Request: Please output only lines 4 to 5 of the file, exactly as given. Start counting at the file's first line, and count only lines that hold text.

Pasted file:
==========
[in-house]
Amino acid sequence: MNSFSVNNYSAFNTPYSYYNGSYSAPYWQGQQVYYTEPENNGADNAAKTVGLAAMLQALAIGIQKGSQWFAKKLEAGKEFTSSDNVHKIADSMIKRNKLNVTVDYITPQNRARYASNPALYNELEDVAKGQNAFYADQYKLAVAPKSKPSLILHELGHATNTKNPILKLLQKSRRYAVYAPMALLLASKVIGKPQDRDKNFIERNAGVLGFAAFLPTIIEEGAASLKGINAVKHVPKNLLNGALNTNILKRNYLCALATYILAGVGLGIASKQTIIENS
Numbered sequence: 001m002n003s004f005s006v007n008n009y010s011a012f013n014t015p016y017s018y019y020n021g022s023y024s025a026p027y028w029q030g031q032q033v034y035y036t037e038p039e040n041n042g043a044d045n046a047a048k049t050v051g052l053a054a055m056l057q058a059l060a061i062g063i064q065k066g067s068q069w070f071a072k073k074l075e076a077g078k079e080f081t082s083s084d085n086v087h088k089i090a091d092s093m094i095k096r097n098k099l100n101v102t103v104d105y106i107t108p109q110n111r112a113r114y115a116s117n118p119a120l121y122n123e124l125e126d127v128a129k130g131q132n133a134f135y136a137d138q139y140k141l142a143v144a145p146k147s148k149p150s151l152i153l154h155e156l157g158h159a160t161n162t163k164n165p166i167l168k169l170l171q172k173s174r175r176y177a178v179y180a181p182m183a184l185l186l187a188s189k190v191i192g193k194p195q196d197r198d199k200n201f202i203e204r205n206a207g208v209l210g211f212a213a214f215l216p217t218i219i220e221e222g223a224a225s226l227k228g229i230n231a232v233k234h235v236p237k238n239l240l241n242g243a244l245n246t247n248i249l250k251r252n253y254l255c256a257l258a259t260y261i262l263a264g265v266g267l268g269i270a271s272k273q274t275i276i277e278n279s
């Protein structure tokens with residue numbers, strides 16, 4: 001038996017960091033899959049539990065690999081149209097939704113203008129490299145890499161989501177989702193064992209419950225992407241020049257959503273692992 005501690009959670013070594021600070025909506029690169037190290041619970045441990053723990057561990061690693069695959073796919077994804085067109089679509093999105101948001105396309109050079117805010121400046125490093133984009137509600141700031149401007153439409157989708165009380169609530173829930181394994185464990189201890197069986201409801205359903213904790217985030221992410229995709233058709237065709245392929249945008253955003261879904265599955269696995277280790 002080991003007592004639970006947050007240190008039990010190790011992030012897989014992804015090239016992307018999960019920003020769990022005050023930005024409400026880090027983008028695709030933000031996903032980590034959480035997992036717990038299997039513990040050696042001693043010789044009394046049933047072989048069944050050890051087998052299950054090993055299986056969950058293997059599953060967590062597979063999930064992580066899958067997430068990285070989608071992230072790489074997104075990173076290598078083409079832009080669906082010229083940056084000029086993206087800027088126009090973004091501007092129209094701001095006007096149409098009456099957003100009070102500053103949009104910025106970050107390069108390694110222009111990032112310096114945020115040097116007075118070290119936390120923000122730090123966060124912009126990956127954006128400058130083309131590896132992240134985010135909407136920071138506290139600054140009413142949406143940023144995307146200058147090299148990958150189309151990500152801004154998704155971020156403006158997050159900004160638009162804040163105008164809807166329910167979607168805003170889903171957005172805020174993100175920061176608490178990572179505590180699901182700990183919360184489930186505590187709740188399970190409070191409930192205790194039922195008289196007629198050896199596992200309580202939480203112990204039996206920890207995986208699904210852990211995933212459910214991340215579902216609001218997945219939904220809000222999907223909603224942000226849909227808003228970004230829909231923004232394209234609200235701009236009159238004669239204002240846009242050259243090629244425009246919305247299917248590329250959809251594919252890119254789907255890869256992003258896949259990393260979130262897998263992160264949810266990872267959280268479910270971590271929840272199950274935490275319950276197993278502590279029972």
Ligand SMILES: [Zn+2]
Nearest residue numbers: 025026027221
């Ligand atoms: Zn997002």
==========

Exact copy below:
């Protein structure tokens with residue numbers, strides 16, 4: 001038996017960091033899959049539990065690999081149209097939704113203008129490299145890499161989501177989702193064992209419950225992407241020049257959503273692992 005501690009959670013070594021600070025909506029690169037190290041619970045441990053723990057561990061690693069695959073796919077994804085067109089679509093999105101948001105396309109050079117805010121400046125490093133984009137509600141700031149401007153439409157989708165009380169609530173829930181394994185464990189201890197069986201409801205359903213904790217985030221992410229995709233058709237065709245392929249945008253955003261879904265599955269696995277280790 002080991003007592004639970006947050007240190008039990010190790011992030012897989014992804015090239016992307018999960019920003020769990022005050023930005024409400026880090027983008028695709030933000031996903032980590034959480035997992036717990038299997039513990040050696042001693043010789044009394046049933047072989048069944050050890051087998052299950054090993055299986056969950058293997059599953060967590062597979063999930064992580066899958067997430068990285070989608071992230072790489074997104075990173076290598078083409079832009080669906082010229083940056084000029086993206087800027088126009090973004091501007092129209094701001095006007096149409098009456099957003100009070102500053103949009104910025106970050107390069108390694110222009111990032112310096114945020115040097116007075118070290119936390120923000122730090123966060124912009126990956127954006128400058130083309131590896132992240134985010135909407136920071138506290139600054140009413142949406143940023144995307146200058147090299148990958150189309151990500152801004154998704155971020156403006158997050159900004160638009162804040163105008164809807166329910167979607168805003170889903171957005172805020174993100175920061176608490178990572179505590180699901182700990183919360184489930186505590187709740188399970190409070191409930192205790194039922195008289196007629198050896199596992200309580202939480203112990204039996206920890207995986208699904210852990211995933212459910214991340215579902216609001218997945219939904220809000222999907223909603224942000226849909227808003228970004230829909231923004232394209234609200235701009236009159238004669239204002240846009242050259243090629244425009246919305247299917248590329250959809251594919252890119254789907255890869256992003258896949259990393260979130262897998263992160264949810266990872267959280268479910270971590271929840272199950274935490275319950276197993278502590279029972």
Ligand SMILES: [Zn+2]